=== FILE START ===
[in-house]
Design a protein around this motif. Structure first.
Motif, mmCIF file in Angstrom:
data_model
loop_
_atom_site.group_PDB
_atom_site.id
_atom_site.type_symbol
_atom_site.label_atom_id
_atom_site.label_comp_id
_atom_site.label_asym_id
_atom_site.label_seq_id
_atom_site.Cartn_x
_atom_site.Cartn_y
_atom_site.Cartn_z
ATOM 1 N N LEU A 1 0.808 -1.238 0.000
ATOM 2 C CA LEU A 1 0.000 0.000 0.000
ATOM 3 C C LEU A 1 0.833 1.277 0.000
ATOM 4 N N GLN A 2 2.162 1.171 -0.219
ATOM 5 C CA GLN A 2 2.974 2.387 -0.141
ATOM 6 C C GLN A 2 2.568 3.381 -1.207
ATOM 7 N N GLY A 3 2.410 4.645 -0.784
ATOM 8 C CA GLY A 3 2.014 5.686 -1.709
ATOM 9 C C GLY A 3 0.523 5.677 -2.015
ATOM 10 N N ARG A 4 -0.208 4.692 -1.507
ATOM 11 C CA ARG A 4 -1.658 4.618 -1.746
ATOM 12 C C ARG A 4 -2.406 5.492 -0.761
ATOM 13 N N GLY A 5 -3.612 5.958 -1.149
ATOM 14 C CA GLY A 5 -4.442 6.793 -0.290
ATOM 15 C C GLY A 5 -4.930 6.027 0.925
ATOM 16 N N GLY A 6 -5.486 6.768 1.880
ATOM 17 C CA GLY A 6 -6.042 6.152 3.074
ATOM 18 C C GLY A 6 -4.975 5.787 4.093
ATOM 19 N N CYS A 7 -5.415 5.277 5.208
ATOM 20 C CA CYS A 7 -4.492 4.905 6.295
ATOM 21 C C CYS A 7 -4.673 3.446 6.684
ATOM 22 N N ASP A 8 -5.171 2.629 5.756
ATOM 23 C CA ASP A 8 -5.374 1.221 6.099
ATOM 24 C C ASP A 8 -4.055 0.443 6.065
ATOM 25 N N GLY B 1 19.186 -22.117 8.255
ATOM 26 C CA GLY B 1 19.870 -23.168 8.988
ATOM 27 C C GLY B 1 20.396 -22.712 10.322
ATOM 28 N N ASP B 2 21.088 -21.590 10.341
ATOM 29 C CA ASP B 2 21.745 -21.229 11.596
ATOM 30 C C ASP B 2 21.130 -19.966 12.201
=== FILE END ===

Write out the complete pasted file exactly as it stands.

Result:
[in-house]
Design a protein around this motif. Structure first.
Motif, mmCIF file in Angstrom:
data_model
loop_
_atom_site.group_PDB
_atom_site.id
_atom_site.type_symbol
_atom_site.label_atom_id
_atom_site.label_comp_id
_atom_site.label_asym_id
_atom_site.label_seq_id
_atom_site.Cartn_x
_atom_site.Cartn_y
_atom_site.Cartn_z
ATOM 1 N N LEU A 1 0.808 -1.238 0.000
ATOM 2 C CA LEU A 1 0.000 0.000 0.000
ATOM 3 C C LEU A 1 0.833 1.277 0.000
ATOM 4 N N GLN A 2 2.162 1.171 -0.219
ATOM 5 C CA GLN A 2 2.974 2.387 -0.141
ATOM 6 C C GLN A 2 2.568 3.381 -1.207
ATOM 7 N N GLY A 3 2.410 4.645 -0.784
ATOM 8 C CA GLY A 3 2.014 5.686 -1.709
ATOM 9 C C GLY A 3 0.523 5.677 -2.015
ATOM 10 N N ARG A 4 -0.208 4.692 -1.507
ATOM 11 C CA ARG A 4 -1.658 4.618 -1.746
ATOM 12 C C ARG A 4 -2.406 5.492 -0.761
ATOM 13 N N GLY A 5 -3.612 5.958 -1.149
ATOM 14 C CA GLY A 5 -4.442 6.793 -0.290
ATOM 15 C C GLY A 5 -4.930 6.027 0.925
ATOM 16 N N GLY A 6 -5.486 6.768 1.880
ATOM 17 C CA GLY A 6 -6.042 6.152 3.074
ATOM 18 C C GLY A 6 -4.975 5.787 4.093
ATOM 19 N N CYS A 7 -5.415 5.277 5.208
ATOM 20 C CA CYS A 7 -4.492 4.905 6.295
ATOM 21 C C CYS A 7 -4.673 3.446 6.684
ATOM 22 N N ASP A 8 -5.171 2.629 5.756
ATOM 23 C CA ASP A 8 -5.374 1.221 6.099
ATOM 24 C C ASP A 8 -4.055 0.443 6.065
ATOM 25 N N GLY B 1 19.186 -22.117 8.255
ATOM 26 C CA GLY B 1 19.870 -23.168 8.988
ATOM 27 C C GLY B 1 20.396 -22.712 10.322
ATOM 28 N N ASP B 2 21.088 -21.590 10.341
ATOM 29 C CA ASP B 2 21.745 -21.229 11.596
ATOM 30 C C ASP B 2 21.130 -19.966 12.201